Now that plans to create a European Super League comprising 12 of the continent’s elite clubs have collapsed, officials from the English, Italian and Spanish leagues are considering what to do in the aftermath.
Six clubs from Britain (Liverpool, Manchester United, Manchester City, Arsenal, Tottenham Hotspur and Chelsea), three from Spain (Barcelona, Real Madrid and Atletico Madrid) and three from Italy (AC Milan, Inter Milan and Juventus) signed up for the breakaway European Super League, whose formation was announced Monday.
Hours after that announcement, however, several English teams announced they were no longer going to take part. The idea was completely dropped within 48 hours, driven largely by fan outrage.
Fans called the 12 teams in the Super League “the dirty dozen.” They were upset that teams would not have to win games to play in the league’s tournament — their places would be guaranteed. To play in the Champions League, teams must do well the year before.
England’s Premier League is looking at possibly sanctioning club officials in the breakaway teams, The Associated Press reported. Officials are also looking at removing club executives from key league positions.
The league could also consider expelling teams that try to break away.
Most of the British teams have apologized to fans.
The Italian soccer federation said it would not punish Italian teams involved in the breakaway, saying it could not punish something that didn’t happen.
The president of Spain’s LaLiga said Spanish teams would probably not be punished.
“The most important thing is these clubs have been sanctioned by their own fans,” Javier Tebas said in Madrid on Thursday. “Rather than sanctions, we are looking at protective measures so that this doesn’t happen again. They haven’t abandoned LaLiga. They abandoned the idea of European competition.”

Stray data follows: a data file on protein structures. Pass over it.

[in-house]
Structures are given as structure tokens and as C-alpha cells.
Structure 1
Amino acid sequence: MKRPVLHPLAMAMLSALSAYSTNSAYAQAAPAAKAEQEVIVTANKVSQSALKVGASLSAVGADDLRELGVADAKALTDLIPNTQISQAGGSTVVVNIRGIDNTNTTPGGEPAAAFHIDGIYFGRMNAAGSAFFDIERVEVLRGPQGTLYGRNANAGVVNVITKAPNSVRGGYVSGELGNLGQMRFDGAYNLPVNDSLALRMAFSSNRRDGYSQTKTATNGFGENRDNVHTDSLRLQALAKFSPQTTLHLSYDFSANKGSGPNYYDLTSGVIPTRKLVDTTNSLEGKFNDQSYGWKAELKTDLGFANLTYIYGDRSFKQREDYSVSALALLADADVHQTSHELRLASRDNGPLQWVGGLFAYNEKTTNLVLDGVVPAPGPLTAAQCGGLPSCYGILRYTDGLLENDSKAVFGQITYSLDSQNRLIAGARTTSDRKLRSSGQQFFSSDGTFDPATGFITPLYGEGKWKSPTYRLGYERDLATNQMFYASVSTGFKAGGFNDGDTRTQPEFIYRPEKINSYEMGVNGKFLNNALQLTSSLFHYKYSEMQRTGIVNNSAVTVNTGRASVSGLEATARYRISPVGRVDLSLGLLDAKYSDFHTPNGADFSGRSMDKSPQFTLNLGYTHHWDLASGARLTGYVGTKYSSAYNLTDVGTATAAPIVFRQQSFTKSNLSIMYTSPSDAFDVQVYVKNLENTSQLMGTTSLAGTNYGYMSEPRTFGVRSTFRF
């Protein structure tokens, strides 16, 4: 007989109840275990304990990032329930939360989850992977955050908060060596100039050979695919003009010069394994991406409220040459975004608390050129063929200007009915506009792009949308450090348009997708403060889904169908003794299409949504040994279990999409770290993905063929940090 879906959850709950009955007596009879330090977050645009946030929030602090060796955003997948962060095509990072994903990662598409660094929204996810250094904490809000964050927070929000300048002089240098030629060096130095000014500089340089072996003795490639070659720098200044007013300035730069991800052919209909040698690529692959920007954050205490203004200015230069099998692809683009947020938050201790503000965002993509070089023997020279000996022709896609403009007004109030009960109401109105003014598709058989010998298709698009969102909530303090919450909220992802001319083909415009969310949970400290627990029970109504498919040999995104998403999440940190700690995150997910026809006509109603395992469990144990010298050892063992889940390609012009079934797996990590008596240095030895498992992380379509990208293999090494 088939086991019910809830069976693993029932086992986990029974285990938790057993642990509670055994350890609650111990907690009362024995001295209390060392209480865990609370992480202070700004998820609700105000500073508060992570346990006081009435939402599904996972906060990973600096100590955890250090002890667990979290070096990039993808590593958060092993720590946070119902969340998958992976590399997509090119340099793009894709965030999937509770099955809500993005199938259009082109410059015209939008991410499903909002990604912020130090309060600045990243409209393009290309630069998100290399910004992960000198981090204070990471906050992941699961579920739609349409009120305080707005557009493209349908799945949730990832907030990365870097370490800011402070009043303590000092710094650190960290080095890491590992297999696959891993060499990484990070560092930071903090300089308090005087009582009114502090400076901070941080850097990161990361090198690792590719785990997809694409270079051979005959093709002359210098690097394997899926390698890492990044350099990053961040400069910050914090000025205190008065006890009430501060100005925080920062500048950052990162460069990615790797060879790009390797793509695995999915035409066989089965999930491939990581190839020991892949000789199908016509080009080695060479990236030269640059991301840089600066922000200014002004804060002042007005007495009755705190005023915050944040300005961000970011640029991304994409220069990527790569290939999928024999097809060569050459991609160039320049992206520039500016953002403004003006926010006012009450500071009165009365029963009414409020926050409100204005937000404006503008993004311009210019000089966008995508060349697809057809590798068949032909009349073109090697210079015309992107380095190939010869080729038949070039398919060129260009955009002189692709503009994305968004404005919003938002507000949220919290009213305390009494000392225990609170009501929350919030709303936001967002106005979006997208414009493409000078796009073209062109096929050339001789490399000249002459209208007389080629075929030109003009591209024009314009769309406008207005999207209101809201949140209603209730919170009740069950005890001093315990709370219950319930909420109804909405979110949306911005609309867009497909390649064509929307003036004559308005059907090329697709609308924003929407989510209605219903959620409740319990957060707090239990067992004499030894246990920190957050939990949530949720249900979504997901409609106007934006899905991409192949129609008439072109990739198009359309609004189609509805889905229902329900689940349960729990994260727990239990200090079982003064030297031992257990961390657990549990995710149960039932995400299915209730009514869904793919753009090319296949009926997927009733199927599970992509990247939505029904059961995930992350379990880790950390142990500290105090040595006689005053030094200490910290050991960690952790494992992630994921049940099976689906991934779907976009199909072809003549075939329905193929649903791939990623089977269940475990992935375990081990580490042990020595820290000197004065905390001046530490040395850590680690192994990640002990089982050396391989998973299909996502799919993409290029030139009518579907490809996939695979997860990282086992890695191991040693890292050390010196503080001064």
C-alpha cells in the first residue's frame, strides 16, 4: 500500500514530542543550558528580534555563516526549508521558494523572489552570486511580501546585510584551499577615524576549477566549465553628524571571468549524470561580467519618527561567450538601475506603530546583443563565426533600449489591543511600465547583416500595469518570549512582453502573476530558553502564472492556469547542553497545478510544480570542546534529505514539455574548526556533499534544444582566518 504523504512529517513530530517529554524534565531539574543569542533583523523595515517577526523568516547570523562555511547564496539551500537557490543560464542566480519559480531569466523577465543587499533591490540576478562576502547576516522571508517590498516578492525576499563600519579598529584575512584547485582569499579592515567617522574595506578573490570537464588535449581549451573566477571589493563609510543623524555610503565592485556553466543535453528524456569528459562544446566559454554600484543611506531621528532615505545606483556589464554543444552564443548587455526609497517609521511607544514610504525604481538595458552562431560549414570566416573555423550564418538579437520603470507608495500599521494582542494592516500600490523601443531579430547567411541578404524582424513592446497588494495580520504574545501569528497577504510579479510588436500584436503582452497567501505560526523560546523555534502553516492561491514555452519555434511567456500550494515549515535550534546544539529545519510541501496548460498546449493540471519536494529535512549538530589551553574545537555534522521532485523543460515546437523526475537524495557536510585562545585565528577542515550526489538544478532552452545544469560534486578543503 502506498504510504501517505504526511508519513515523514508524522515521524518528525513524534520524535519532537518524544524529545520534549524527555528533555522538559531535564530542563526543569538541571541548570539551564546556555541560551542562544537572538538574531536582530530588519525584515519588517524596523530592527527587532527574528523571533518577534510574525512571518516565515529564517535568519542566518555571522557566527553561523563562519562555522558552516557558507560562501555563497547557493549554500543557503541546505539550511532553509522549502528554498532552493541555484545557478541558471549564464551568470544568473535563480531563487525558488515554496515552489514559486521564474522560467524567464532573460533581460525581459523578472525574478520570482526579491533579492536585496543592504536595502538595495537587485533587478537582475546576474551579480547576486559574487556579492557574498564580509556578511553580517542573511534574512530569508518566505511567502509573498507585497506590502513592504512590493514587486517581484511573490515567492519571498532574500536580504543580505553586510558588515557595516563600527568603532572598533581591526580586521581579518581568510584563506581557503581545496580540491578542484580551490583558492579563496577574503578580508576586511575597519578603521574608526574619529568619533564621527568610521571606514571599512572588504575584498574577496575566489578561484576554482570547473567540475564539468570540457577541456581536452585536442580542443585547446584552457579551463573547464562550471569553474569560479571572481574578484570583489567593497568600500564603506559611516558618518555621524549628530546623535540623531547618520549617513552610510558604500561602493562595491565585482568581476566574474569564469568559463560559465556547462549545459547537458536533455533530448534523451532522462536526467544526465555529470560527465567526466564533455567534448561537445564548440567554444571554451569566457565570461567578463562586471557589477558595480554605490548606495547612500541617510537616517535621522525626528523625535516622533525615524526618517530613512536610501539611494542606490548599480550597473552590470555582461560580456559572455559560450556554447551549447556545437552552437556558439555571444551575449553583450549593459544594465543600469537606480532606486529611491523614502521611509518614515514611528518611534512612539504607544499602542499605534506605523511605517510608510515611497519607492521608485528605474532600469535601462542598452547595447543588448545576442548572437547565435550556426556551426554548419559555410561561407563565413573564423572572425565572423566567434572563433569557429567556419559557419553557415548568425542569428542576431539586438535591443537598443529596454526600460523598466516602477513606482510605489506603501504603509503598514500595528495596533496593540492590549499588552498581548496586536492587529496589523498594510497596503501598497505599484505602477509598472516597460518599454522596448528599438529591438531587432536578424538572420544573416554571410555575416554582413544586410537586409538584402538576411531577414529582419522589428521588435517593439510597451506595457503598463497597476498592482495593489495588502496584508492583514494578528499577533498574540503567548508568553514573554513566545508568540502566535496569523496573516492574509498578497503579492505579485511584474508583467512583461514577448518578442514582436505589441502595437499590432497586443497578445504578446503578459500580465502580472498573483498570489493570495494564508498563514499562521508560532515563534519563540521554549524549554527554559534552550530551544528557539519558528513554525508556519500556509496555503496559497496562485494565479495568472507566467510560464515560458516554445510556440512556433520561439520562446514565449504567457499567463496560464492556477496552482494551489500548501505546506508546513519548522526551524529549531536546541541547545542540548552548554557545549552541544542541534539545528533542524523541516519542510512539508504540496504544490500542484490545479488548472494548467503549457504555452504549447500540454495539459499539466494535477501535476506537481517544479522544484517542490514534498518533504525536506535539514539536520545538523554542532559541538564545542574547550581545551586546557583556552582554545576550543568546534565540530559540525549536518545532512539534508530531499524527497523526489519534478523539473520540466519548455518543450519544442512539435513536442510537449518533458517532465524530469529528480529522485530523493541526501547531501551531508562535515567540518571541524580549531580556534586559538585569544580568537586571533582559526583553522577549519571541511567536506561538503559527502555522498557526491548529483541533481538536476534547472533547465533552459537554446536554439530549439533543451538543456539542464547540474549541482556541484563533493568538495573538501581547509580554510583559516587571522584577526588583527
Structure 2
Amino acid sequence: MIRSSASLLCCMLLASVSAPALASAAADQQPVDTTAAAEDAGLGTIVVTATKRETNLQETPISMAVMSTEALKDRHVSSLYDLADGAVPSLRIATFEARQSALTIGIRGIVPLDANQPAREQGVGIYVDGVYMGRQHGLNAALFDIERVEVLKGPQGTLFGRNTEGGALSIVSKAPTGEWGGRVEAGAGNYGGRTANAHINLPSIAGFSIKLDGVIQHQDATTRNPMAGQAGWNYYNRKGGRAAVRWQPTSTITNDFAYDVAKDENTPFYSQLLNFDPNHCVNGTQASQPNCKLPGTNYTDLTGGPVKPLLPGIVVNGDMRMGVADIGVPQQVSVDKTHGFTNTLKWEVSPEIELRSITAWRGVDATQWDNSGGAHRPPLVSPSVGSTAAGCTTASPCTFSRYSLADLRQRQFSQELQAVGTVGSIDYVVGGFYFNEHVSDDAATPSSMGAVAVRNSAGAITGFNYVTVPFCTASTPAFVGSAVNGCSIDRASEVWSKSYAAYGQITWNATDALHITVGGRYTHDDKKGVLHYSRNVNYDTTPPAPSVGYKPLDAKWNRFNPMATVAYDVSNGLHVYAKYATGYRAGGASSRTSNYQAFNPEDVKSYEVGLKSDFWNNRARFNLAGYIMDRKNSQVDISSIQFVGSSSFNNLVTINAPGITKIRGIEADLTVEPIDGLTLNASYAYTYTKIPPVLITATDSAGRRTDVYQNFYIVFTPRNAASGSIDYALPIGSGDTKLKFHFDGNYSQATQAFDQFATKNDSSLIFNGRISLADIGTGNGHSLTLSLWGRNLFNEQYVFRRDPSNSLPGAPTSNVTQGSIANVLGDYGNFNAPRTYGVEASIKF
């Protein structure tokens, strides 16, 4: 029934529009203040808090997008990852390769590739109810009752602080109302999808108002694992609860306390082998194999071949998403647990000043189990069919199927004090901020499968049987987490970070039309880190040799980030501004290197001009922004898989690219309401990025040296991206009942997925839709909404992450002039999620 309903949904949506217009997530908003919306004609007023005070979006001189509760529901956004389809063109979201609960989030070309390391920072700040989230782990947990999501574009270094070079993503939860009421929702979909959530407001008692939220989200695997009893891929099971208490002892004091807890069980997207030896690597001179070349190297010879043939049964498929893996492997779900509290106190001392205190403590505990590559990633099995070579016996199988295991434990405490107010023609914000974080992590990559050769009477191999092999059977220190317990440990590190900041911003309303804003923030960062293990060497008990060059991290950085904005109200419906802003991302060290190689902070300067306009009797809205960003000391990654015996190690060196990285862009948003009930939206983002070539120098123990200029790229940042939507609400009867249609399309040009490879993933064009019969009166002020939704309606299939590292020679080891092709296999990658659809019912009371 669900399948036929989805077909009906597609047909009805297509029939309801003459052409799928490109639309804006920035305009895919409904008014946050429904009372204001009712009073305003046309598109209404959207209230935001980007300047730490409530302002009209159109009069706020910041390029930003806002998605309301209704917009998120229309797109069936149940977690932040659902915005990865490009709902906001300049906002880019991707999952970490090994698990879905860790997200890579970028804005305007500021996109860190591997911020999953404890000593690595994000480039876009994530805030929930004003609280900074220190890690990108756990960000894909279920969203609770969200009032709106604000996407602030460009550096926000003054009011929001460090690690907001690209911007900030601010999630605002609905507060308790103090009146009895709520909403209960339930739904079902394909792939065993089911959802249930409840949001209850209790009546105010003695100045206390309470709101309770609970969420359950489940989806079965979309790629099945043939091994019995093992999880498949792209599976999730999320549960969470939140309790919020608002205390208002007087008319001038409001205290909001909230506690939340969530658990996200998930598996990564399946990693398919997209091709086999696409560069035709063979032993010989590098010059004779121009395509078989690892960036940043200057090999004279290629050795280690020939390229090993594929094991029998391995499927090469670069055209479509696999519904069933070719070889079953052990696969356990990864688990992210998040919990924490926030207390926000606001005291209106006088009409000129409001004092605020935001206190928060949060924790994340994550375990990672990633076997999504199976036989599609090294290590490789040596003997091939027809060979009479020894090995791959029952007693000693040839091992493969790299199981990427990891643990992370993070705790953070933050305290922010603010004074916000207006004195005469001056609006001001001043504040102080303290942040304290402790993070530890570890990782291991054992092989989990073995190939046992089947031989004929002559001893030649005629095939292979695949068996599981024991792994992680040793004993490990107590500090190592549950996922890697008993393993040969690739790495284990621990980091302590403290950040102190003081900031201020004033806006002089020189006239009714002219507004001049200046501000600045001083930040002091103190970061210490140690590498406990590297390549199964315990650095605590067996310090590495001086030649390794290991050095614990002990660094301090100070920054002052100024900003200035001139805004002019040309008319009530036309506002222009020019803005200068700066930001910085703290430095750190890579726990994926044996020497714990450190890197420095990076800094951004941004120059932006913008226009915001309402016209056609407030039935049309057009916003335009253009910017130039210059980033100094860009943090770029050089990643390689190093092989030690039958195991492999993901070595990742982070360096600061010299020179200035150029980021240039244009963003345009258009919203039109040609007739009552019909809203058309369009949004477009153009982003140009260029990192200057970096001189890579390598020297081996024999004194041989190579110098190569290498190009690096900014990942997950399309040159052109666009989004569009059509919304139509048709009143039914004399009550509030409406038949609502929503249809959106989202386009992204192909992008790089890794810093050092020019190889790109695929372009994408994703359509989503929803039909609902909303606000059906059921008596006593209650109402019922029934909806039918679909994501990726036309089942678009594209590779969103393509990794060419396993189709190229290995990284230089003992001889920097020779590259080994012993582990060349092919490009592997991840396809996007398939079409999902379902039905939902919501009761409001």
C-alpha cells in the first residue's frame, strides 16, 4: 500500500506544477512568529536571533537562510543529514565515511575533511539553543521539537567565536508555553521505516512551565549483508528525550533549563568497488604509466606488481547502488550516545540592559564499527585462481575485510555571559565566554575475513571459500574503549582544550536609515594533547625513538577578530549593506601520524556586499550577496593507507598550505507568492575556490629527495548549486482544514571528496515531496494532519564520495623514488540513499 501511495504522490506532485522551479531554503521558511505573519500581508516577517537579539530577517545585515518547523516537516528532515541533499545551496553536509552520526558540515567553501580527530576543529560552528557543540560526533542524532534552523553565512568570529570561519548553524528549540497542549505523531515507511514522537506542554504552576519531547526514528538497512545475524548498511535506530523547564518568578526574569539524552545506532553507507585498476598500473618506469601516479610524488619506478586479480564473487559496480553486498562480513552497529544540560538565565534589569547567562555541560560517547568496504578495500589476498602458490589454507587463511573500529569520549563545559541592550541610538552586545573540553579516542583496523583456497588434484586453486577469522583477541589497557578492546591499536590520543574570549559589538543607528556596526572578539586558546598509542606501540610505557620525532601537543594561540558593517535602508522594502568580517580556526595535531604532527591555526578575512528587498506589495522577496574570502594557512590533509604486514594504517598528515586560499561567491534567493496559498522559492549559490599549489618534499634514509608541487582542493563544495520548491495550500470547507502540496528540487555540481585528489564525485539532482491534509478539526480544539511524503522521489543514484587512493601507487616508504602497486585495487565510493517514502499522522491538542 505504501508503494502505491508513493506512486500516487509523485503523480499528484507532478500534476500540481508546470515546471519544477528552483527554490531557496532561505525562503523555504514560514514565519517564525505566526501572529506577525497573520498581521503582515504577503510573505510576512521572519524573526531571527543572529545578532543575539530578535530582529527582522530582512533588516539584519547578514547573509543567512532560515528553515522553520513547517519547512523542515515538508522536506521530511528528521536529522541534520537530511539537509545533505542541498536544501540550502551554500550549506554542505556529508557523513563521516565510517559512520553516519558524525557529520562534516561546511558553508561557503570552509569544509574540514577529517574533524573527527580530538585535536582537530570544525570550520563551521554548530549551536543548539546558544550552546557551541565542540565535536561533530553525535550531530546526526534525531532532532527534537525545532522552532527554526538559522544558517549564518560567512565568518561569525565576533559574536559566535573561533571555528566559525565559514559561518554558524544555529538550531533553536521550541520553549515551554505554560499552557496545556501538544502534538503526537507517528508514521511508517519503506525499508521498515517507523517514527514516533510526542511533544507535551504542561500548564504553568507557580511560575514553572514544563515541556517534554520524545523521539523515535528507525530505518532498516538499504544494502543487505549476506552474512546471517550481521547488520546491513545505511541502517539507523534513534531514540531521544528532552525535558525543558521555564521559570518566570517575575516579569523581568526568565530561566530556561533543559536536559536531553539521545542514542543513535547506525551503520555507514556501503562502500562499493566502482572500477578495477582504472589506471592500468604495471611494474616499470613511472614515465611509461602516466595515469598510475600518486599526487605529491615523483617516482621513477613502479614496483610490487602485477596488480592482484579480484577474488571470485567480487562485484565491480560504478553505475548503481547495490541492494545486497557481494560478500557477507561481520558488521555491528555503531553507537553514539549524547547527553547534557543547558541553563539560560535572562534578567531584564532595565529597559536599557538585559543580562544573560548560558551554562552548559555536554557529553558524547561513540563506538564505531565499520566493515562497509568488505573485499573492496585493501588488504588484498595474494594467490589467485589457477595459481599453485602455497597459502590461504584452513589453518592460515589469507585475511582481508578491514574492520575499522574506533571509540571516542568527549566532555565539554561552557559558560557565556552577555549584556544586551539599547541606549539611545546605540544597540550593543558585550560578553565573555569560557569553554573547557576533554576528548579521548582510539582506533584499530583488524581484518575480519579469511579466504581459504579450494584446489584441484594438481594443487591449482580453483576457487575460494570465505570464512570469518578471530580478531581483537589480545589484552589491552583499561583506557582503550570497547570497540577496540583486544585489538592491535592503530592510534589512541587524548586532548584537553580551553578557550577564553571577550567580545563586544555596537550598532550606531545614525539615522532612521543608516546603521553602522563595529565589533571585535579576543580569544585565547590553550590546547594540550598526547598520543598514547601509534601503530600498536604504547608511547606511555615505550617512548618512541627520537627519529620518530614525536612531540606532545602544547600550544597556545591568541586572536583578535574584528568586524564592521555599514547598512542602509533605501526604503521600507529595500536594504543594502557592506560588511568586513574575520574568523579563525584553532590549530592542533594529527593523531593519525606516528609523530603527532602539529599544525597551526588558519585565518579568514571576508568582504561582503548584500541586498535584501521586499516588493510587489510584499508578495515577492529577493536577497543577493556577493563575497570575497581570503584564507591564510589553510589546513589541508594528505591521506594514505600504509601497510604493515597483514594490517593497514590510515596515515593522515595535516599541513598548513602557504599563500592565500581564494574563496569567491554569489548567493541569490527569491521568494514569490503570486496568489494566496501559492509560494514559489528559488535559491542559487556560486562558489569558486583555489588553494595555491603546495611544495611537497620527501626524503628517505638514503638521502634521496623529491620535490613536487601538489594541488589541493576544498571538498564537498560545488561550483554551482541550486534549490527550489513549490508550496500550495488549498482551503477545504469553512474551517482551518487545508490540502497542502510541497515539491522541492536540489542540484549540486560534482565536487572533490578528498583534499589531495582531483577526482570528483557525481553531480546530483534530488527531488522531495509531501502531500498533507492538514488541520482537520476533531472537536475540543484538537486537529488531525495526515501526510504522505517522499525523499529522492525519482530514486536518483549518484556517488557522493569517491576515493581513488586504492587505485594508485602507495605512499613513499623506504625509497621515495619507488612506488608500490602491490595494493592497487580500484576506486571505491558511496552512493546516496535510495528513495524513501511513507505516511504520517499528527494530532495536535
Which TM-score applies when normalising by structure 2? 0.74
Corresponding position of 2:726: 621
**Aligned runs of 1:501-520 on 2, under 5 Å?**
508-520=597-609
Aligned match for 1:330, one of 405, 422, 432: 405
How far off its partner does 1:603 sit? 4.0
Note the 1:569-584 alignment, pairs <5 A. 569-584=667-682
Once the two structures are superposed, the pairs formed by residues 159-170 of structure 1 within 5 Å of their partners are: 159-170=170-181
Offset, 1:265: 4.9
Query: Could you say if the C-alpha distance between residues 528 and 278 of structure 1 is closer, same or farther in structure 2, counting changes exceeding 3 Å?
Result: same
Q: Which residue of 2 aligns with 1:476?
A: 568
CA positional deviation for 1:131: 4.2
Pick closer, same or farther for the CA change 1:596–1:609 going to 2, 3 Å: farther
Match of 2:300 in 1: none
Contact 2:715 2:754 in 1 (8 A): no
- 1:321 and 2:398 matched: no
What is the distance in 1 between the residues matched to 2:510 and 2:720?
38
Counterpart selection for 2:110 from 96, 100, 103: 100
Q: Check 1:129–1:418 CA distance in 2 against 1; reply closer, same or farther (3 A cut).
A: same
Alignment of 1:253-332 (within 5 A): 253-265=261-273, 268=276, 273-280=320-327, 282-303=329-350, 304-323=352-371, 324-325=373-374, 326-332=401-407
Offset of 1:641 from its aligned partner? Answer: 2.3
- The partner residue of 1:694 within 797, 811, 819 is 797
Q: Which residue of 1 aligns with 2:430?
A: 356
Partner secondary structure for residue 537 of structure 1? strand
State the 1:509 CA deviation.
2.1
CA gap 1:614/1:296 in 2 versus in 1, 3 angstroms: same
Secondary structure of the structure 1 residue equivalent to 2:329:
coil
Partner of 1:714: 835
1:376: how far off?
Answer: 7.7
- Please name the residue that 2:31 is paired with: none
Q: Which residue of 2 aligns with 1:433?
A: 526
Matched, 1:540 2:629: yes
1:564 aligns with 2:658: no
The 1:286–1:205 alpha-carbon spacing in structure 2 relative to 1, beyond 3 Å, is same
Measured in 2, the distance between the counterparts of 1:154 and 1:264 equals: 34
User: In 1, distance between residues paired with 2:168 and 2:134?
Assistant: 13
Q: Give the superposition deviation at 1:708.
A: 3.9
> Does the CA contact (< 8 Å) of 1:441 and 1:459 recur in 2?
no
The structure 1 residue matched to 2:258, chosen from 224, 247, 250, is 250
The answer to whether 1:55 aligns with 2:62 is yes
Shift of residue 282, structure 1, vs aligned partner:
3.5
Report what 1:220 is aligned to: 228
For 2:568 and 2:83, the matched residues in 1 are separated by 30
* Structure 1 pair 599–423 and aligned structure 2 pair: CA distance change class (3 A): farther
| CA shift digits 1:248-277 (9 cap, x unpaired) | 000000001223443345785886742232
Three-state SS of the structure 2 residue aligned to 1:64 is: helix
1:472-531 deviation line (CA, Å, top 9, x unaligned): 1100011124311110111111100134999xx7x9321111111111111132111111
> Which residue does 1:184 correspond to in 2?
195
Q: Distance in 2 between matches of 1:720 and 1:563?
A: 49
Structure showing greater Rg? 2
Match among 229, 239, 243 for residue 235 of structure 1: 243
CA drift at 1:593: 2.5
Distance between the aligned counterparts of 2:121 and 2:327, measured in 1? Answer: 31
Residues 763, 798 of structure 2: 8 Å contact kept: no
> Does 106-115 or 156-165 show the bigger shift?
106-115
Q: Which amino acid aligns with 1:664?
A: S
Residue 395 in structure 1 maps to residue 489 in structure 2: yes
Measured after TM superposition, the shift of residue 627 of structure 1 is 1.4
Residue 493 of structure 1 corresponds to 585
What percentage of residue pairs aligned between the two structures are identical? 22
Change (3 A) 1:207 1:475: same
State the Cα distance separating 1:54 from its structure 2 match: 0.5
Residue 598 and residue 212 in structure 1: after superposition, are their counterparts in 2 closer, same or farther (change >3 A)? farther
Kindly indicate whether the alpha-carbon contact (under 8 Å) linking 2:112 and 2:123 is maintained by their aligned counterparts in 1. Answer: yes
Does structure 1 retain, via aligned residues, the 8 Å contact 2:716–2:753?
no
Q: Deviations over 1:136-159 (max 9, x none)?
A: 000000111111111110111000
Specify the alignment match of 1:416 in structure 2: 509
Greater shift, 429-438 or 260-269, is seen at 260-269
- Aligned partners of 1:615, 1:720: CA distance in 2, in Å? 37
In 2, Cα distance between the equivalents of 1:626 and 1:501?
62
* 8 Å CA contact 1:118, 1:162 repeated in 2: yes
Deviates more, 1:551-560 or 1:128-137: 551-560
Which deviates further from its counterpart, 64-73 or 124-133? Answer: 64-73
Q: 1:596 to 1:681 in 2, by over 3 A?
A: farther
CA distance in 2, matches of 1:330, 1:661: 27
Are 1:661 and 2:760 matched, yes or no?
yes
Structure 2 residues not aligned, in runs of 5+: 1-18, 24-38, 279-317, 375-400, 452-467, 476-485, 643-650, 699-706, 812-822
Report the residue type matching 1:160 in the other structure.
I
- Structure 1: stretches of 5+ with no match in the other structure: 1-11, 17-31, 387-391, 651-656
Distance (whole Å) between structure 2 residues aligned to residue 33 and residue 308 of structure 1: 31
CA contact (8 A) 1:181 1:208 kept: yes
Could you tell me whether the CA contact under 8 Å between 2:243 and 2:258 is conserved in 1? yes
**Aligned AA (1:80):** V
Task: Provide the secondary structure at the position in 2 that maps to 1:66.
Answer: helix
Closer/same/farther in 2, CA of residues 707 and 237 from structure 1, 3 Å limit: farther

European Super League organizers said the new competition would rival but not replace existing domestic leagues and European tournaments, such as the UEFA Champions League.
Sports finance analyst Borja Garcia of Britain’s Loughborough University said the primary motivation for the new league was money.
“Football has never been a very good business for club owners until a few years ago,” Garcia told VOA. “But now, of course, comes the pandemic. Manchester United, Manchester City, Real Madrid — almost every club in Europe and around the world — are in massive debt. But the big clubs are in more debt because they have more salaries to pay. They depend more on audiences.
“So, if I had to pick one [reason], I think it is indeed the level of debt that the pandemic has created in European football. But probably it is fair to say that that is not the cause of everything, but rather, an accelerator.”
Source: VOICE OF AMERICA